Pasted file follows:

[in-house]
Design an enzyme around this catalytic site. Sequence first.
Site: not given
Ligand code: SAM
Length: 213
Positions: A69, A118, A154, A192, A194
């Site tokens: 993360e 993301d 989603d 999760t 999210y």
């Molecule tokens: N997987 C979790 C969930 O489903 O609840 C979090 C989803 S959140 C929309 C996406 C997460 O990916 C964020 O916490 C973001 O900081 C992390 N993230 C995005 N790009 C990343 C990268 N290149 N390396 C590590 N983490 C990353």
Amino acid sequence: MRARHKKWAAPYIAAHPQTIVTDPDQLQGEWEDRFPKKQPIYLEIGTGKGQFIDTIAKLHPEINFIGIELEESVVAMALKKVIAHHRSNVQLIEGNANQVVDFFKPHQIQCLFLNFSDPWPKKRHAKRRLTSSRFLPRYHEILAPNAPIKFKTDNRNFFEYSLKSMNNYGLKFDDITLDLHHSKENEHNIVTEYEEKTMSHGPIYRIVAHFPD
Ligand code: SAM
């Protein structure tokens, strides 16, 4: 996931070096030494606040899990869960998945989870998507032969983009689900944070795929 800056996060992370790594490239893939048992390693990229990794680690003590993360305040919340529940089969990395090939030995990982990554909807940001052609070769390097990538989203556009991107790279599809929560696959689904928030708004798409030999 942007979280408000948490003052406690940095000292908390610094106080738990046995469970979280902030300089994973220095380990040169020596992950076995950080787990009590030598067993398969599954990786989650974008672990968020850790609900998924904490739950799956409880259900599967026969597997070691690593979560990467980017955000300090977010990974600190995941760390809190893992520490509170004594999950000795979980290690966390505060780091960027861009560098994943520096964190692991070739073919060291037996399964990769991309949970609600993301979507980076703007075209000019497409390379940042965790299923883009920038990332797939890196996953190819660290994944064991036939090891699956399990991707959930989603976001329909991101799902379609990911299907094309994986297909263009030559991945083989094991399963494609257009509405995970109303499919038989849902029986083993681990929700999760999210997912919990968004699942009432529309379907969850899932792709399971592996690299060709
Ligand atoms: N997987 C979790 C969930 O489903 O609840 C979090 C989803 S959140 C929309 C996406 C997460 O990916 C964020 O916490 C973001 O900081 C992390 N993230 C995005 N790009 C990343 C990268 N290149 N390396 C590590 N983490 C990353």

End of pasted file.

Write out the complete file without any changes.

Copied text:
[in-house]
Design an enzyme around this catalytic site. Sequence first.
Site: not given
Ligand code: SAM
Length: 213
Positions: A69, A118, A154, A192, A194
């Site tokens: 993360e 993301d 989603d 999760t 999210y």
């Molecule tokens: N997987 C979790 C969930 O489903 O609840 C979090 C989803 S959140 C929309 C996406 C997460 O990916 C964020 O916490 C973001 O900081 C992390 N993230 C995005 N790009 C990343 C990268 N290149 N390396 C590590 N983490 C990353």
Amino acid sequence: MRARHKKWAAPYIAAHPQTIVTDPDQLQGEWEDRFPKKQPIYLEIGTGKGQFIDTIAKLHPEINFIGIELEESVVAMALKKVIAHHRSNVQLIEGNANQVVDFFKPHQIQCLFLNFSDPWPKKRHAKRRLTSSRFLPRYHEILAPNAPIKFKTDNRNFFEYSLKSMNNYGLKFDDITLDLHHSKENEHNIVTEYEEKTMSHGPIYRIVAHFPD
Ligand code: SAM
């Protein structure tokens, strides 16, 4: 996931070096030494606040899990869960998945989870998507032969983009689900944070795929 800056996060992370790594490239893939048992390693990229990794680690003590993360305040919340529940089969990395090939030995990982990554909807940001052609070769390097990538989203556009991107790279599809929560696959689904928030708004798409030999 942007979280408000948490003052406690940095000292908390610094106080738990046995469970979280902030300089994973220095380990040169020596992950076995950080787990009590030598067993398969599954990786989650974008672990968020850790609900998924904490739950799956409880259900599967026969597997070691690593979560990467980017955000300090977010990974600190995941760390809190893992520490509170004594999950000795979980290690966390505060780091960027861009560098994943520096964190692991070739073919060291037996399964990769991309949970609600993301979507980076703007075209000019497409390379940042965790299923883009920038990332797939890196996953190819660290994944064991036939090891699956399990991707959930989603976001329909991101799902379609990911299907094309994986297909263009030559991945083989094991399963494609257009509405995970109303499919038989849902029986083993681990929700999760999210997912919990968004699942009432529309379907969850899932792709399971592996690299060709
Ligand atoms: N997987 C979790 C969930 O489903 O609840 C979090 C989803 S959140 C929309 C996406 C997460 O990916 C964020 O916490 C973001 O900081 C992390 N993230 C995005 N790009 C990343 C990268 N290149 N390396 C590590 N983490 C990353």